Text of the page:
Need to talk? Call 1800 882 436.
It's a free call with a maternal child health nurse. *call charges may apply from your mobile

Is it an emergency? Dial 000
If you need urgent medical help, call triple zero immediately.

beginning of content

Toddler development: Learning to feed themselves

4-minute read

Learning to feed yourself is a basic life skill that starts in infancy. Babies will start to learn what’s involved in eating solid foods from about 6 months old. By the toddler years, they’ll have had hundreds of meals and snacks, and the opportunity to observe many people eating.

When will my toddler be ready to feed themselves?

Most babies should be feeding themselves with finger foods from a family diet by their first birthday.

Many parents who believe in the 'baby-led weaning' approach feel that from the time a baby is introduced to solid food, they should be given the choice about what, and how much, they eat.

Why is it important for toddlers to feed themselves?

Letting your toddler feed themselves is a way of acknowledging they can make their own choices. It also helps develop their hand-eye coordination and fine motor skills.

Toddlers who are still spoon-fed don’t learn to control the rate at which food goes into their mouth. Learning how much food can comfortably fit into their mouth, and be chewed and swallowed – then knowing when to put more food in – is a series of steps that is built over hours of practice.

Using utensils, cups and plates

Toddlers need a lot of practice to learn how to drink from a ‘sipper’, or cup with a straw, without spilling. Sucking from a breast or bottle teat is a very different action to drinking from a cup. Expect your toddler to make a mess for the first few weeks when they’re adjusting to drinking from a cup.

Make sure your toddler has a plastic spoon and fork for practice. But expect them to still use both of their hands a lot. Most children are ambidextrous (using both hands equally) until they develop a dominant, or preferred, hand between 2 and 4 years old.

It’s normal for toddlers to:

  • make a mess when eating – this is a big part of the eating experience
  • pick up the plate or bowl and wave it around in the air
  • tip over the plate, spilling food onto the tray of their highchair
  • put the plate on their head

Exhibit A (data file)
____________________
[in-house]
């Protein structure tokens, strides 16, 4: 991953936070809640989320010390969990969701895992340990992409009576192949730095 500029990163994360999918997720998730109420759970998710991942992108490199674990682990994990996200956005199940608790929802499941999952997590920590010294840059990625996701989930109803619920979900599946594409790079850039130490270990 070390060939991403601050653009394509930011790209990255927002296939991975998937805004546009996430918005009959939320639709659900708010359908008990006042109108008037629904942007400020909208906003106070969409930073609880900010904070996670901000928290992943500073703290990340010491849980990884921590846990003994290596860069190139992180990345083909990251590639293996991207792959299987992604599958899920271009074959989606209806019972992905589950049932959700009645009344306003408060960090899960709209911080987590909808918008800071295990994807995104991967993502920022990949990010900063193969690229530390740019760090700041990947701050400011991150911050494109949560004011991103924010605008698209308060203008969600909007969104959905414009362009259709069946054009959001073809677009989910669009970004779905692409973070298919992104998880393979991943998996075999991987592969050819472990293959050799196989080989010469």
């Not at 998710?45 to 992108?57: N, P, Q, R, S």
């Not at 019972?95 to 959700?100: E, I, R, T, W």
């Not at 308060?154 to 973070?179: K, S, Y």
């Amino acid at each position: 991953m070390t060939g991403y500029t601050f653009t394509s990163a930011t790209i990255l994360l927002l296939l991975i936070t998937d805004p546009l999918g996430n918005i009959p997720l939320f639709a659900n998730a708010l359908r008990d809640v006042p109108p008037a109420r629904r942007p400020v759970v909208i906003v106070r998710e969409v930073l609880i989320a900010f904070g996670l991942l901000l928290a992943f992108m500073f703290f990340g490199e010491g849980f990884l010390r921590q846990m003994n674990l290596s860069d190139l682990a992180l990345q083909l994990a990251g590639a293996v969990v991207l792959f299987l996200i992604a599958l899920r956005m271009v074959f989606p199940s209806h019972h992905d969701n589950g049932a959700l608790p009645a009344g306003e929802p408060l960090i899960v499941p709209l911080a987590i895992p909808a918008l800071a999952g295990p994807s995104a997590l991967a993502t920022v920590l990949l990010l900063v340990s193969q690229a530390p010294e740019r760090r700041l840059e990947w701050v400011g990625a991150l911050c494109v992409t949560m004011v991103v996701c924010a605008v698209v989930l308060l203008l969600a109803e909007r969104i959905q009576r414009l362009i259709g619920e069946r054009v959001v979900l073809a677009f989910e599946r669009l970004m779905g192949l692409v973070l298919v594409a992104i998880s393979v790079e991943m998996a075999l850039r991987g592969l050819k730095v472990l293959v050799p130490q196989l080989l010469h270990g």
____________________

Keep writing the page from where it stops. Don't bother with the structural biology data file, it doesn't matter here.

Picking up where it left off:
• spread more food around than what goes into their mouth
  • love a particular food one day and reject it the next

Dealing with mess and accidents

Try not to invest too much emotional energy into your toddler’s messy eating. Otherwise they will learn that this is a way of getting attention.

Place some newspaper or a plastic sheet underneath their highchair to catch spills. In warmer months, feed them outside on the grass or the porch.

Use plastic backed bibs, 'pelican' style bibs or smock-style coveralls to protect clothing from spilled food.

How can I help my toddler learn how to feed themself?

  • Be a role model. Position your toddler’s highchair or booster seat at the table so they can watch you eat. Make healthy food choices yourself.
  • If possible, let your toddler eat with the other children in the family. Children are great mimics and fussy eating is often solved by seeing other children at mealtimes.
  • Try to time your toddler’s meals for when they are hungry and not overtired. An ideal dinner time is around 5pm — most toddlers are ready for their evening meal by then.
  • Provide your toddler with child-sized cutlery and cut food into small, child-sized pieces. Don’t overload your toddler’s plate.
  • Let your toddler choose what they want to eat from the choices available. Consider placing serving bowls of food on the table with each person serving themselves - help your toddler with portion sizes.
  • Follow your toddler’s cues that they are full and don’t want to eat anymore.
  • Avoid making your toddler the focus of each meal. Let them share in the conversation and social interaction.
  • Be patient and kind as your toddler develops eating skills in their own time.

When should I seek help?